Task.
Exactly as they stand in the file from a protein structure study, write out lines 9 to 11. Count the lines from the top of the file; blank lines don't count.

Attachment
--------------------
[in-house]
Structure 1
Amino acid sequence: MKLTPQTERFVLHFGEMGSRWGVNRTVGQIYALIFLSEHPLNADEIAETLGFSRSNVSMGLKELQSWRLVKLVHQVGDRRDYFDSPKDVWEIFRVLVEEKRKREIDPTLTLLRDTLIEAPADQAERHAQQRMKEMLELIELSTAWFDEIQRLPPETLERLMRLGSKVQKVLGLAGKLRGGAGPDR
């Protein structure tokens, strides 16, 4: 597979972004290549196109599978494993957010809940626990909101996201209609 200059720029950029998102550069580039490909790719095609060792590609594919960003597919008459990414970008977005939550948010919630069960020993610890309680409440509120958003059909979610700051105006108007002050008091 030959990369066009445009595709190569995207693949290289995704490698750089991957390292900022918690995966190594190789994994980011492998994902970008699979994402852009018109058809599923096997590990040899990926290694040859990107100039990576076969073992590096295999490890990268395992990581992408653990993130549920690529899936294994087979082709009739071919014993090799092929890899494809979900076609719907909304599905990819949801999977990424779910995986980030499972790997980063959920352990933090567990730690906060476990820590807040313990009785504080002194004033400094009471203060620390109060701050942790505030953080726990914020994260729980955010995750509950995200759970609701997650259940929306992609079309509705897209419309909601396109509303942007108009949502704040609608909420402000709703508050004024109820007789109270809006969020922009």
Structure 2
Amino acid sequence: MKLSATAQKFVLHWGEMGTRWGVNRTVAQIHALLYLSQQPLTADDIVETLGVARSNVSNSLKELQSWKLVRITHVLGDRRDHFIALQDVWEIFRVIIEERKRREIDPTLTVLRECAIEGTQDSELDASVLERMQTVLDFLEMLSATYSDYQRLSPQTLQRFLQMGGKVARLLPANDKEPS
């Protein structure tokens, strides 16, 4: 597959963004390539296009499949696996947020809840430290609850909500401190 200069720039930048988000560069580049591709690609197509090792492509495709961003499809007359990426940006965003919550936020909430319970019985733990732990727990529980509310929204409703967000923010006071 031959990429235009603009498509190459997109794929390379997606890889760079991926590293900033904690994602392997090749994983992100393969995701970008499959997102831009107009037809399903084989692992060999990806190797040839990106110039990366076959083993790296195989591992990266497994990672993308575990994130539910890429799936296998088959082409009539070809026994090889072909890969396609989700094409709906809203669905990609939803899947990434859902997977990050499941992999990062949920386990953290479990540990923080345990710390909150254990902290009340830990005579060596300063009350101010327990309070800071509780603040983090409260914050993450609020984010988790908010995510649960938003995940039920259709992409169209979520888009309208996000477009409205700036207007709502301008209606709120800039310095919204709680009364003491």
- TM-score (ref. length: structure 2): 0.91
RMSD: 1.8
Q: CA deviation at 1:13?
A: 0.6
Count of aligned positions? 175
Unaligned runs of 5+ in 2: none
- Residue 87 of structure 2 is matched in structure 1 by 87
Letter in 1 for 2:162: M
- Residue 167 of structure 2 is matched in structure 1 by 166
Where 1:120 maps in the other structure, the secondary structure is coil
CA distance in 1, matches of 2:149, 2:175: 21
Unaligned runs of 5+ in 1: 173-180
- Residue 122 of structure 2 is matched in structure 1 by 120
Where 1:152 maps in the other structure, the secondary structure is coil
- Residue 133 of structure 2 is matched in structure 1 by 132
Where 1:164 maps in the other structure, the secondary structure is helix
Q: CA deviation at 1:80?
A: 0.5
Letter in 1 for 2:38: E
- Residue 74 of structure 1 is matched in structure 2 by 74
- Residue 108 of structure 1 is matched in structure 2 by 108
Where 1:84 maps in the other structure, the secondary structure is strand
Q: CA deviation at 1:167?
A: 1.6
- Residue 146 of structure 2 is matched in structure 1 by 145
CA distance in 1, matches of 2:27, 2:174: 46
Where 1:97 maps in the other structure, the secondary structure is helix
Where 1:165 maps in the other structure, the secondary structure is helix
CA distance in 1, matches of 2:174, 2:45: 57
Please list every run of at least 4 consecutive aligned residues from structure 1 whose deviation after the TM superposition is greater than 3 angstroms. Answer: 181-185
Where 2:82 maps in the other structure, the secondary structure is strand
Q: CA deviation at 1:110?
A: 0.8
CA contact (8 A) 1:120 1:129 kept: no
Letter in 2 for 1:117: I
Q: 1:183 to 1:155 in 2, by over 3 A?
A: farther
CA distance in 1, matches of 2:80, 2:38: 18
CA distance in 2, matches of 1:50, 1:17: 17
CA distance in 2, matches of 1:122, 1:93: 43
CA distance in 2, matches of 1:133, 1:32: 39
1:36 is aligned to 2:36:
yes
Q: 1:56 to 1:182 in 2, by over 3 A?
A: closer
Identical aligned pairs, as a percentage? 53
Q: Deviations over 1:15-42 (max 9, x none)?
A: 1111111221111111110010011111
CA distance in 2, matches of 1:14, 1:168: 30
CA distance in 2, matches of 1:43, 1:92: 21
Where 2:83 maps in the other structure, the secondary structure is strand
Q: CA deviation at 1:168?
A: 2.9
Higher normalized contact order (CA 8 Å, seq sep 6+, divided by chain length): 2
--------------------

RMSD: 1.8
Q: CA deviation at 1:13?
A: 0.6